In the response session to the panel, Nilanjana Deb (Jadavpur University) commented on how sacred water is also commodified – bottled and sold as ‘Gangajal’ (Ganges Water), for example. Her comment elicited a number of responses from the audience. One member argued that ‘when you want to remove water from common use, you render it sacred’, exposing how ‘the sacred’, as a form of affect, calls into play notions of access, use and power. Another member of the audience commented that deep ecologists see water as a source of life, not just as a resource: was the division between secular and sacred so clear-cut?
The workshop interrogated the politics of consumption by examining the affective lives of food – ‘consumption’ in the literal sense of the term. Ujjayan Bhattacharya (Vidyasagar University), in his talk ‘The cultures of Swadeshi’, looked at the heightened awareness of a particular food, ghee (clarified butter), in the pre-Gandhian struggles to overcome British rule. He argued that in an effort to cultivate the feeling of belonging to the nation, nationalists encouraged the boycotting of non-Bengali ghee by casting it as ‘bisri’ (awful) and ‘bhajal’ (having other ingredients mixed in). Ghee thus became implicated in a nationalist discourse. Modhumita Roy (Tufts University, Boston) continued to explore the link between foodstuff and nationalism in her paper on mulligatawny soup. She presented us with a brief history of how the Indian soup became absorbed into the British diet, first as a fashionable soup in the nineteenth century and later on as a commodity, as companies such as Heinz capitalized on it. Through the varied history of the soup’s uptake by British people, Modhumita read mulligatawny as an object that blends the domestic and foreign and cuts across class boundaries.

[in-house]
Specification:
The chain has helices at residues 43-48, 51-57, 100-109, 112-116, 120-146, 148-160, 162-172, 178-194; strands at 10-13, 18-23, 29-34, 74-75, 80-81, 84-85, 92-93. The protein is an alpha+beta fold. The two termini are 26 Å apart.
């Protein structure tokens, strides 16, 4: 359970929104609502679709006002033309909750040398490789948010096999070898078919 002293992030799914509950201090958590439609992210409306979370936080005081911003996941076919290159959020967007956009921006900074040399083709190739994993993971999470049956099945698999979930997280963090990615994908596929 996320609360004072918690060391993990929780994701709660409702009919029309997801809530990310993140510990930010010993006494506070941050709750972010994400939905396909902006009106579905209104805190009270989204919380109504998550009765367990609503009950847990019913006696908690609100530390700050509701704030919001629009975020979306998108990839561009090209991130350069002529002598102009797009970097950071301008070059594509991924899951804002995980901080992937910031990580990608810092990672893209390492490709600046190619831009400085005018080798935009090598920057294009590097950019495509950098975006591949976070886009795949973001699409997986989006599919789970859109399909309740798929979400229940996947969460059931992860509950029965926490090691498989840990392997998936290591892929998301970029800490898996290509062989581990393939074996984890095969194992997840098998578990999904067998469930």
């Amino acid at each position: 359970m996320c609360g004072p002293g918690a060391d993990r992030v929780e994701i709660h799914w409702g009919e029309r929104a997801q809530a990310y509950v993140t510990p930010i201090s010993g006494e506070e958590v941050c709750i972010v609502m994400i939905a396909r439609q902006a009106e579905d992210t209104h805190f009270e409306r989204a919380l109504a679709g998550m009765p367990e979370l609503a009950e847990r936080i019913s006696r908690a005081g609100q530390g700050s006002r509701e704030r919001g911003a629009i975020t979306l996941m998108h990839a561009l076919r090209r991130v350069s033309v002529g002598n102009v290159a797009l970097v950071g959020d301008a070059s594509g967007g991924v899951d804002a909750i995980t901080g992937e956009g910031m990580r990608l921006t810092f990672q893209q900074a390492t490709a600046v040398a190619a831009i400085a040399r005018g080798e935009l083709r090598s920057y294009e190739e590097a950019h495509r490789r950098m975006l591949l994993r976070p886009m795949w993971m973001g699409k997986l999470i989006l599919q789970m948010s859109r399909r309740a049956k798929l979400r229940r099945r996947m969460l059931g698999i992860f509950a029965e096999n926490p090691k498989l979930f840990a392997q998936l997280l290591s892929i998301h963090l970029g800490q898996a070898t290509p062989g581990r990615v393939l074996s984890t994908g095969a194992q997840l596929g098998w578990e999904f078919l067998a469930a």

In his paper on the ‘Side-Effects of Empire’, Rohan Deb Roy (CSSS) argued that quinine was the ultimate metaphor for empire: it was government-administered medication and could be cast as bitter, a burden and disagreeable, but simultaneously, as charitable, beneficial and helpful. The pictures accompanying Rohan’s paper raised tangentially the question of how temporal difference transforms the affective field. Whilst adverts for commodities such as anti-malaria soap, for example, were taken seriously in their time, they were the subject of light amusement for the audience. The focus on archiving in Hardik Brata Biswas’s and Amlan Das Gupta’s (Jadavpur University) papers highlighted the temporality of affect more directly. Together, their papers showed that although we may succeed in preserving the aural or visual object, we cannot preserve the affect that the object once produced. Indeed, archiving itself displays a transformation of affect, as those who work in archiving engage with the objects not as consumers of popular culture, but as scholars.